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"House," "Fish Tank," "The Book of Eli"

The Auteurs Daily


"Delirious, deranged, gonzo or just gone, baby, gone - no single adjective or even a pileup does justice to House, a 1977 Japanese haunted-house freakout," writes Manohla Dargis in the New York Times. "Directed by Nobuhiko Obayashi, this energetic exemplar of pulp surrealism began surfacing in the United States last year, playing at events like the New York Asian Film Festival. Now, in advance of the Criterion DVD, which will be released later this year, it is receiving its first, must-see-now domestic theatrical run at the IFC Center in New York. A midnight movie in lysergic spirit and vibe, this was a film made for late-night screening and screaming."

"An uncanny prophecy of Sam Raimi's Evil Dead 2 a decade later, this exhumed freaker conjoins New Agey schoolgirl farce and the cheesiest then-there-were-none haunted-house dynamic imaginable, while the painted backdrop skies suggest Teletubbies and the special effects run from solarized-video-absurd to cardboard-hilarious," writes Michael Atkinson in the Voice. "Self-aware enough at the time to drop a fat Sergio Leone reference, Obayashi is still making movies, and has evolved into an award-winning expert on warmhearted fables and mainstream pulp (he won at Berlin, too, for 1998's Sada). House, his first feature, isn't just not mainstream - it's a torrential, Troma-style goof (but without Troma's resources or consistency), prone to cannibalism-inflected dance numbers and abstracted passages that kaleidoscope together severed limbs and giant flowers."

More from Chuck Bowen (Slant), Benjamin Mercer (L), Joshua Rothkopf (Time Out New York) and Matt Singer (IFC). Outcast Cinema runs Variety's original 1977 review. Criterion's Current talks with Janus Films' Brian Belovarac "about the rediscovery of a must-see mind-boggler, which Seattle Weekly has called 'an effects-saturated dreamscape... It's like Douglas Sirk on acid.'" See the Janus site, too, for further theatrical dates; House is rolling out across the nation through the summer.

Fish Tank

"Even after the advent of psychology, feminism, and the sexual revolution, female desire remains culturally discomfiting, a topic to be avoided or willfully mystified," writes Eric Hynes for indieWIRE. "Outside of hyper-hormonal slapstick, adolescent desire is just as taboo. Furthermore, female adolescent desire is so socially unsavory that even the dubiously chaste Twilight counts as a welcome corrective. Enter Andrea Arnold's Fish Tank, a film so fearless, honest, and wise about emergent female sexuality that no grading curve is necessary. She approaches sex not as an aspect of politics but of experience, continuous with life's other impulses, bafflements, dangers, and joys."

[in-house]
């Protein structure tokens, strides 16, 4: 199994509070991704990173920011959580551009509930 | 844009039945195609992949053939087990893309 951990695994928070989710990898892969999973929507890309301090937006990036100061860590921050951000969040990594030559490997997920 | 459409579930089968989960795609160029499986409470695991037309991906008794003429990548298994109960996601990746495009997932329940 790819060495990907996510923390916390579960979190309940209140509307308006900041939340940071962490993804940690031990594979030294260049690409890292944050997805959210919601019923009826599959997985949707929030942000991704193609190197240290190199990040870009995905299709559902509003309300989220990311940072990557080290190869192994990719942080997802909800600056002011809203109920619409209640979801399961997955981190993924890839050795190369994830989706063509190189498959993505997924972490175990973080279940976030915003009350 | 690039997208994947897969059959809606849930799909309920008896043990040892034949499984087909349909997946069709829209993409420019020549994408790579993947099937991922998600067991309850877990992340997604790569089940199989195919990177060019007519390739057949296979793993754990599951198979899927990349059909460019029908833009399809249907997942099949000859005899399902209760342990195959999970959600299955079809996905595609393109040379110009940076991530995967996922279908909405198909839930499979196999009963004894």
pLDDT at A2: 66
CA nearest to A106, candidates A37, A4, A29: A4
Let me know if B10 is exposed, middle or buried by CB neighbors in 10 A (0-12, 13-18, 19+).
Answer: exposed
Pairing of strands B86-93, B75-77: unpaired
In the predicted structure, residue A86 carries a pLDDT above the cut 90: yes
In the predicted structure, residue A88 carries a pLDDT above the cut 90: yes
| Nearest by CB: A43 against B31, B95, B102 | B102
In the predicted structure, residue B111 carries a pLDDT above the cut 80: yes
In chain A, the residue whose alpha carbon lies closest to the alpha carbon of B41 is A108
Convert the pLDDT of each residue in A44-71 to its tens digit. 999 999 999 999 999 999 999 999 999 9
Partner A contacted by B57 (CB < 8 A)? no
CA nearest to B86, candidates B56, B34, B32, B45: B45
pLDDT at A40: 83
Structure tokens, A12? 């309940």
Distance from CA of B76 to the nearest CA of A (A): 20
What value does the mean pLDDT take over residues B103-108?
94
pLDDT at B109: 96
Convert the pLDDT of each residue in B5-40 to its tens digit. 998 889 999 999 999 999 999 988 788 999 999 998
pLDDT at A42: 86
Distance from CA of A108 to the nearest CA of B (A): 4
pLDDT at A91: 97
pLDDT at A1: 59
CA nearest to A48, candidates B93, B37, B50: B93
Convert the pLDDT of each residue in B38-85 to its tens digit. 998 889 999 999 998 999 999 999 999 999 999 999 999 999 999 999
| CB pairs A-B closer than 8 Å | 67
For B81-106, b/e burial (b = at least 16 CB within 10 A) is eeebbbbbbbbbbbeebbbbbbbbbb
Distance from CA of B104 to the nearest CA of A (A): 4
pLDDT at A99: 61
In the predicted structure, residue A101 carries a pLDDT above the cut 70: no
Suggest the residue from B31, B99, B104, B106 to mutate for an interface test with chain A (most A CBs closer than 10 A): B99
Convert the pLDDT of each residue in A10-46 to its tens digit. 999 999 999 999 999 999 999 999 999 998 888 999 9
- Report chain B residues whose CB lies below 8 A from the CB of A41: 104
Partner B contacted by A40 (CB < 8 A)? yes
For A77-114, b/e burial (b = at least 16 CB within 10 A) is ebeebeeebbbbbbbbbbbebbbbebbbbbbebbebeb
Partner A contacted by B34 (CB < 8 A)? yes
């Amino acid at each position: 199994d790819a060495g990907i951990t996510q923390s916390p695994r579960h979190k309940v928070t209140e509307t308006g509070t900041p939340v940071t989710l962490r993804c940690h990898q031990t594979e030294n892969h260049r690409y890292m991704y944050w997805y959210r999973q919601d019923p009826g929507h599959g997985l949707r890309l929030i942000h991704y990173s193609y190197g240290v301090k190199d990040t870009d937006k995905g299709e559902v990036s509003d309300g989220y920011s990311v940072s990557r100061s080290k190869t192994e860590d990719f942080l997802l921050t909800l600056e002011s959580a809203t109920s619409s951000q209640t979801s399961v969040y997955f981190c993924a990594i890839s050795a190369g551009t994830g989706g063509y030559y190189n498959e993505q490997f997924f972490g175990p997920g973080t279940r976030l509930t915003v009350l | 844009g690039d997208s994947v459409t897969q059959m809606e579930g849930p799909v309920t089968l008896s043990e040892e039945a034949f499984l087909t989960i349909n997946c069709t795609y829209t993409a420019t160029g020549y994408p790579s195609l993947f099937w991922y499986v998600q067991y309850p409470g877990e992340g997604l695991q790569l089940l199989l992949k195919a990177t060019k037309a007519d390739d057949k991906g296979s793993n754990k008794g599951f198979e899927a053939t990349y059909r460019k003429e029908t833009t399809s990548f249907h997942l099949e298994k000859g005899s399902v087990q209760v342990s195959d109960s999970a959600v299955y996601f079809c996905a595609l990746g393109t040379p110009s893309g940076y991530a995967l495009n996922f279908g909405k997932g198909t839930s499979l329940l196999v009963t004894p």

"We find ourselves, in Fish Tank, in a world made familiar by the films of Ken Loach, Mike Leigh and other socially conscious anatomists of British misery," writes AO Scott in the NYT. "It's a place I'm usually (perhaps perversely) happy to visit, and to locate Ms Arnold's work in a recognizable tradition is not to slight her particular and considerable strengths as a filmmaker. Her first feature, Red Road, was a tour de force of psychological insight slightly undermined by a script that relied a bit too much on late reversals and surprises.... [Michael] Fassbender, who was the Irish militant Bobby Sands in Steve McQueen's Hunger and the suave British film critic in Quentin Tarantino's Inglourious Basterds, is quickly establishing himself as an actor of impressive range and skill."

More from Mark Asch (L), Richard Brody (New Yorker), Libby Edelson (Artforum), David Edelstein (New York), Bryant Frazer, Craig Kennedy, Noel Murray (AV Club), Andrew O'Hehir (Salon), Dana Stevens (Slate), Ella Taylor (Voice), Keith Uhlich (TONY), James van Maanen, Armond White (New York Press) and Lauren Wissot (Slant). Earlier: Reviews from Cannes.

For Filmmaker, Damon Smith talks with Arnold "about her faith in cinema, the simple act of observing everyday life, and why her New Year's resolution is to dance every day." More from Graham Fuller in the NYT and Peter Knegt in indieWIRE. Profiles of newcomer Katie Jarvis: Charlotte Cripps (Independent) and Mark Olsen (Los Angeles Times). Interviews with Michael Fassbender: Kyle Buchanan (Movieline), David Fear (TONY), Aaron Hillis (IFC), Terry Keefe (The Hollywood Interview) and Lauren Wissot (Slant). Listening. Arnold and Fassbender are guests on the Leonard Lopate Show.

The Book of Eli